You can get the age of the driver by looking at the age of the person with PER_TYP equal to one.
Super useful, I would love to read more of your IVF thoughts if they're posted somewhere! I think your views imply that these new sperm obstacle courses, based on fears of a worse sperm-selection process in IVF, have zero effect on people's eventual outcomes (conditional on viability)? But curious what you think. Example: "The SPARTAN system uses a series of obstacles on a microchip, requiring sperm to swim around pillar-shaped objects and through the device. As a result, this device promotes the collection of the highest quality sperm."
Great question, I really want to know the answer! This study says "13% of non-gravid [not pregnant] women report fear of childbirth sufficient to postpone or avoid pregnancy." Separately, roughly 15% of women never have children, so that puts a ceiling on how big the effects could be on having any children. I suspect fear of childbirth is not a top reason for the 15%...but that's not based on much data.
Really agree with all of these, thanks. Curious, in your decision-making process, did you ever have a way to calculate “the chance of a really disabling (as bad as Down syndrome) disorder”?
Ah yes you're right, it's stricter for contacts. I was at least able to get to the purchase page on LensCrafters for a pair of glasses. (Just had to check a box where I promise the values are based on a recent prescription.) Thanks for pointing that out!
Thanks for the question. I like the EMH metaphor. I think that the "uncontroversially good" legislative opportunities can generally be viewed as the result of some inefficiency.
You bring up the case of diffuse harm and concentrated benefits. It seems widely acknowledged that lobbyists and interest groups have too much leverage. The inefficiency is that voters can't keep track of all the small ways they're being harmed and so donations do not track welfare impacts. But, as you say, these reforms would be controversial to someone, so perhaps I could improve my language. I want a pithy way to say: "Behind closed doors, most politicians would see this as utterly reasonable and good."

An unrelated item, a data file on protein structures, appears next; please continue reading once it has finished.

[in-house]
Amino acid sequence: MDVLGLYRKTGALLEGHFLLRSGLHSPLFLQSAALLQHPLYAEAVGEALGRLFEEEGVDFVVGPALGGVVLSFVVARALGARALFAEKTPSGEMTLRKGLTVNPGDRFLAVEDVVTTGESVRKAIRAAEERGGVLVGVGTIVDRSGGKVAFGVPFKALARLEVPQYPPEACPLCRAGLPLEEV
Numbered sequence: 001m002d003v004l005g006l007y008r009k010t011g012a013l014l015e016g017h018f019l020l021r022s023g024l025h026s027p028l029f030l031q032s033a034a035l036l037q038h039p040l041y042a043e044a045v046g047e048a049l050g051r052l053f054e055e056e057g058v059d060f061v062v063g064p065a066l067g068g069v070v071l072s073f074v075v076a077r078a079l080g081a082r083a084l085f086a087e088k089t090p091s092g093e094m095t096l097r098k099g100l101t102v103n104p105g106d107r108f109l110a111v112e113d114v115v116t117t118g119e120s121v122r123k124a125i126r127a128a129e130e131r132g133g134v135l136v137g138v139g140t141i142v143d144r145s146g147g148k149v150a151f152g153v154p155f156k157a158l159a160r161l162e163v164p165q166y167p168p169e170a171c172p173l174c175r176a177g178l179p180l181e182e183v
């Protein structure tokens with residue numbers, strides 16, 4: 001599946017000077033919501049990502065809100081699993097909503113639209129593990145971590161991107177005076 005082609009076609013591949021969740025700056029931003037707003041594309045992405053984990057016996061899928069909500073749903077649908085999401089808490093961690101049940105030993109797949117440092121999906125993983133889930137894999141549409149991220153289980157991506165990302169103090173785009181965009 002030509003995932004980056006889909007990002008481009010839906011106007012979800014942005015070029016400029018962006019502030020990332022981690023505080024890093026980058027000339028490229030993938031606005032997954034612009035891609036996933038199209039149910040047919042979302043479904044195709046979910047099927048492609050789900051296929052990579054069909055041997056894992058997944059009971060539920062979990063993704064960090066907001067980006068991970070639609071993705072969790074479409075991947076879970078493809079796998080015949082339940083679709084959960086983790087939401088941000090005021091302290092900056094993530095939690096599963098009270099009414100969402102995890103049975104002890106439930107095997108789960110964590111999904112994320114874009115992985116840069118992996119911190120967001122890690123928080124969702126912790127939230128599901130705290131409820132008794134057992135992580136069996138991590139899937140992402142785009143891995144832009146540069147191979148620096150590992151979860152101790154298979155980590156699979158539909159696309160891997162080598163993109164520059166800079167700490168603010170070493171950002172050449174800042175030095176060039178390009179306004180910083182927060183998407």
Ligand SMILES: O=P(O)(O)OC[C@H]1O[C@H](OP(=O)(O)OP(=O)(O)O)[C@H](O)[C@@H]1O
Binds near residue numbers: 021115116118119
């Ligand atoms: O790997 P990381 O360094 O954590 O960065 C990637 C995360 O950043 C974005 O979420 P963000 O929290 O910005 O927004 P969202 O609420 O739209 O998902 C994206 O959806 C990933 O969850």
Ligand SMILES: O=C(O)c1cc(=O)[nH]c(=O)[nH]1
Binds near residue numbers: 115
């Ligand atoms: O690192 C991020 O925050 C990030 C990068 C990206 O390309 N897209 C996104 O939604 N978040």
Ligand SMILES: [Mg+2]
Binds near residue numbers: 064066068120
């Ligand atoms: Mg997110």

While I'm on it, here are two other sources of inefficiency which I think could be relevant here:
US companies like LensCrafters, Warby Parker, and 1-800-contacts do care, which in my experience has been prohibitive in some situations. Eg see: https://www.1800contacts.com/connect/articles/buy-contact-lenses-online-without-prescription
And the discussion here: https://ask.metafilter.com/151294/Is-there-some-way-to-get-contact-lenses-when-your-prescription-is-expired
Really useful post, thanks for sharing. In case you're interested, this paper seems to do a good job of tacking the "mortality vs years of life lost" issue you mention.
I didn't do much research into other cross-country crime measures so I'm definitely curious to learn more about other ways of getting at this.
But to me the most obvious reason to favor homicide is reporting. Partially because it's fresh in my mind, I'd recommend The Challenge of Crime in a Free Society (from 1967). Starting at page 25 they go through changes in reporting that caused huge blips in measured crime in the US. I think the authors may have wanted to play down the crime increase for political reasons, but even discounting them somewhat they do identify issues in measurement that could easily persist today and be way worse in other countries.
Within years, the combo of ST_CASE and STATE uniquely identifies accidents, so an intermediate step is tracking the accident ID. Then you could classify accidents as involving a child as those where at least one of the decedents is under a certain age, then use that PER_TYP variable to look at the ages of the driver(s) for those accidents. Cool analysis, btw--I've worked a lot with the FARS and happy to help :)